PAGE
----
Rachael Ohi

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The usual Sunday chaos was ensuing in our home. Making breakfast, bathing kids, and getting them dressed. Nothing out of the ordinary. Unfortunately I was running late, something I detest. I swiftly put my 3 year old in an outfit of my choosing. She was not impressed and began to cry. I, in my own world and haste, scolded her. She wanted a frilly princess dress and I wanted to be on time. As we made our way down stairs she continued to cry. It was not the crying that made me freeze. It was what she had said. “No one will like me because of my dress!” I froze. Instead of brushing off this comment, a decision was made. She was more important than being on time. My three year olds values needed to be corrected. She believed that her clothes were more important than her and that troubled me. I picked her up and placed her on my bed. Lowering myself to her level and wiping away her silent tears I coaxed her into saying that she is more than her clothes. That she is kind, smart and so much more.

That night I reflected on this moment. I thought about how I personally love clothes and indulged in them frequently. Then I thought about what message I am giving her when she watches me get dressed, changing clothes when I don't like what I see in the reflection. The enjoyment of clothing was not the root of the issue. As the week went by I noticed that my daughter was being applauded for her beauty and how cute she was. That she would receive comments on her appearance and not her defining values or characteristics.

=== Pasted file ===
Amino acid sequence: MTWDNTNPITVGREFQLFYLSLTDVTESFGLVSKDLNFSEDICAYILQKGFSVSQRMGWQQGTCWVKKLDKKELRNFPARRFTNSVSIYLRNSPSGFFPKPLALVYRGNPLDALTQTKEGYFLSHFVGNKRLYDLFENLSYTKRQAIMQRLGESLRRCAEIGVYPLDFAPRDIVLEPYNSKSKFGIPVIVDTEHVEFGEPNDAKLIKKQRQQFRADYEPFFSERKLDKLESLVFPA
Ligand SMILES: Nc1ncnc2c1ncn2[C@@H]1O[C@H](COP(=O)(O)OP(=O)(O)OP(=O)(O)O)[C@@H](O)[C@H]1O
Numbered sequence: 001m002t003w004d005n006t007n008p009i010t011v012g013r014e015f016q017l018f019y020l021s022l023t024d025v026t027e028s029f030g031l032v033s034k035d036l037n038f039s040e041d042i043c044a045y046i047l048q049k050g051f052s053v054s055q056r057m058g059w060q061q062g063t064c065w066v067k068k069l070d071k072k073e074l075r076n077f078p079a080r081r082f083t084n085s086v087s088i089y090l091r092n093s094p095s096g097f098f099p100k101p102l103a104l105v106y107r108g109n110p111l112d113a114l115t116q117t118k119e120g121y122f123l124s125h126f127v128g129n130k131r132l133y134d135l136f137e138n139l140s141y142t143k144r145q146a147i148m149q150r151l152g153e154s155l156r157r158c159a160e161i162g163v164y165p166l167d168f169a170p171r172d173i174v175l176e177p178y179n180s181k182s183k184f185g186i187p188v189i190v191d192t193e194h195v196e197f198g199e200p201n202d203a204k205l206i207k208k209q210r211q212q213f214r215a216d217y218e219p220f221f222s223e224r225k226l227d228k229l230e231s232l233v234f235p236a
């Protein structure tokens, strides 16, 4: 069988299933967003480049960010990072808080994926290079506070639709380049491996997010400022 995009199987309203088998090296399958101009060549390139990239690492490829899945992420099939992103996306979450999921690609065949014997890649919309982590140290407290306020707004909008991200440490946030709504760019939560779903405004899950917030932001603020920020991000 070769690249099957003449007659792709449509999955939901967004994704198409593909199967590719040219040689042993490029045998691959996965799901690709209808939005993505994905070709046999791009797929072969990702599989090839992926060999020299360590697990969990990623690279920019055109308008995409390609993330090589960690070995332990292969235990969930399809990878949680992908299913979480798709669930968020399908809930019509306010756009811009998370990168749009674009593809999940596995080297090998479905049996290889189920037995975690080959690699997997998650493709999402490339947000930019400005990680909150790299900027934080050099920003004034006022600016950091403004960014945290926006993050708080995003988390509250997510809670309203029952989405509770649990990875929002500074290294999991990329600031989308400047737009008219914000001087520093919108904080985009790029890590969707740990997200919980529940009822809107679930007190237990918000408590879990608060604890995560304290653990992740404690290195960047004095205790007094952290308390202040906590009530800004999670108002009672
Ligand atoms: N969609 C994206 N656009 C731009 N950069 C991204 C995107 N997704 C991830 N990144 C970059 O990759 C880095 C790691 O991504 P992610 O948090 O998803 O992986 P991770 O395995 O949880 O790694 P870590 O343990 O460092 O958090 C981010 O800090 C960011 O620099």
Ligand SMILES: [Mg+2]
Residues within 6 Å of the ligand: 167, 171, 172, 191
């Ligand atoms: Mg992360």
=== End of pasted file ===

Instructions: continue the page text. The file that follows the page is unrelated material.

This experience led me to wonder, how much worth is placed on appearance and how does that affect our development? Women are programed at a young age that somehow our value can be determined from our outward appearances. Magazines and media have made it clear that the pretty prosper. Culture has its say as well and sure, there are many attributes that contribute to this somewhat skewed perspective. A quick solution for building a strong women is by paying attention to her many other qualities as a child. Praise a child for their work ethic, their efforts, kindness or honesty instead of their natural abilities. Doing so will give value to important characteristics that define adults at a young age. These forms of praise will help build grit when things are difficult, opposed to natural talent. Most things in life do not come easy and anything worth having is worth working for. The grit needed to reach goals is built from hard work and not only natural talent. Praise a child for their effort in a clear and progress focused manor instead of their beauty.

I reached out to my family, sharing this story with them. Requesting that they praise my daughter for her kindness and intelligence 3 times more than her looks. To help her understand that although she is beautiful and has a passion for clothing that she is much more than that. After deep consideration I will be changing how I praise children, potentially having an lasting impact on their mindset.

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